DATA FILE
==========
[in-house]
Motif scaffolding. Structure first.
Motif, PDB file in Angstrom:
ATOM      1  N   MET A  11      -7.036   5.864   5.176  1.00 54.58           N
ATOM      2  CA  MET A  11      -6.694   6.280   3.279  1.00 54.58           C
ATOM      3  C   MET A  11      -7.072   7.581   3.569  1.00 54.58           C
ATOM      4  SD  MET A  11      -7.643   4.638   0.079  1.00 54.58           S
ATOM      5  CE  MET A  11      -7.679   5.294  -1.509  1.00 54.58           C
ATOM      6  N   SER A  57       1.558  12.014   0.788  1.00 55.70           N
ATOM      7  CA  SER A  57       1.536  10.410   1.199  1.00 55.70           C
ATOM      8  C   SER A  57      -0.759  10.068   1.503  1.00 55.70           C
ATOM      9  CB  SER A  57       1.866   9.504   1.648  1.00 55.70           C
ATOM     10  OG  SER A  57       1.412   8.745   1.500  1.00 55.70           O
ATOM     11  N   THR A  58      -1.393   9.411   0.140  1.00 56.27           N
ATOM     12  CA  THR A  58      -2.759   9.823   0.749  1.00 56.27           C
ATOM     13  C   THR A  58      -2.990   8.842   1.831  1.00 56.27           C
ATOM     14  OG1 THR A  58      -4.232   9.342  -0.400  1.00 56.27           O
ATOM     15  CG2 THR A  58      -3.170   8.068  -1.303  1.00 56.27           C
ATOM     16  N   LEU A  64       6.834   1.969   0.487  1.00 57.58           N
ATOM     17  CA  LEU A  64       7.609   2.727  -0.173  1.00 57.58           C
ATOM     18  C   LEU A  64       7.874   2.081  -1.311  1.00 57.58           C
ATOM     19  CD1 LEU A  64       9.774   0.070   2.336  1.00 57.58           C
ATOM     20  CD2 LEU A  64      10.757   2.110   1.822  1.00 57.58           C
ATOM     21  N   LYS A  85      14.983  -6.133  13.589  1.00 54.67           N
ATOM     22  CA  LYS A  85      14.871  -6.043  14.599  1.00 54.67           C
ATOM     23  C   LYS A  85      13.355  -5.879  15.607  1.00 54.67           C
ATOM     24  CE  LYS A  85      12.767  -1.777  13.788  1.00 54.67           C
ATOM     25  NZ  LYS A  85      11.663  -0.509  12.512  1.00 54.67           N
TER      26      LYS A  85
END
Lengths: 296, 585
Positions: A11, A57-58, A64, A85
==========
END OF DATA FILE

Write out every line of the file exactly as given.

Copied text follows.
[in-house]
Motif scaffolding. Structure first.
Motif, PDB file in Angstrom:
ATOM      1  N   MET A  11      -7.036   5.864   5.176  1.00 54.58           N
ATOM      2  CA  MET A  11      -6.694   6.280   3.279  1.00 54.58           C
ATOM      3  C   MET A  11      -7.072   7.581   3.569  1.00 54.58           C
ATOM      4  SD  MET A  11      -7.643   4.638   0.079  1.00 54.58           S
ATOM      5  CE  MET A  11      -7.679   5.294  -1.509  1.00 54.58           C
ATOM      6  N   SER A  57       1.558  12.014   0.788  1.00 55.70           N
ATOM      7  CA  SER A  57       1.536  10.410   1.199  1.00 55.70           C
ATOM      8  C   SER A  57      -0.759  10.068   1.503  1.00 55.70           C
ATOM      9  CB  SER A  57       1.866   9.504   1.648  1.00 55.70           C
ATOM     10  OG  SER A  57       1.412   8.745   1.500  1.00 55.70           O
ATOM     11  N   THR A  58      -1.393   9.411   0.140  1.00 56.27           N
ATOM     12  CA  THR A  58      -2.759   9.823   0.749  1.00 56.27           C
ATOM     13  C   THR A  58      -2.990   8.842   1.831  1.00 56.27           C
ATOM     14  OG1 THR A  58      -4.232   9.342  -0.400  1.00 56.27           O
ATOM     15  CG2 THR A  58      -3.170   8.068  -1.303  1.00 56.27           C
ATOM     16  N   LEU A  64       6.834   1.969   0.487  1.00 57.58           N
ATOM     17  CA  LEU A  64       7.609   2.727  -0.173  1.00 57.58           C
ATOM     18  C   LEU A  64       7.874   2.081  -1.311  1.00 57.58           C
ATOM     19  CD1 LEU A  64       9.774   0.070   2.336  1.00 57.58           C
ATOM     20  CD2 LEU A  64      10.757   2.110   1.822  1.00 57.58           C
ATOM     21  N   LYS A  85      14.983  -6.133  13.589  1.00 54.67           N
ATOM     22  CA  LYS A  85      14.871  -6.043  14.599  1.00 54.67           C
ATOM     23  C   LYS A  85      13.355  -5.879  15.607  1.00 54.67           C
ATOM     24  CE  LYS A  85      12.767  -1.777  13.788  1.00 54.67           C
ATOM     25  NZ  LYS A  85      11.663  -0.509  12.512  1.00 54.67           N
TER      26      LYS A  85
END
Lengths: 296, 585
Positions: A11, A57-58, A64, A85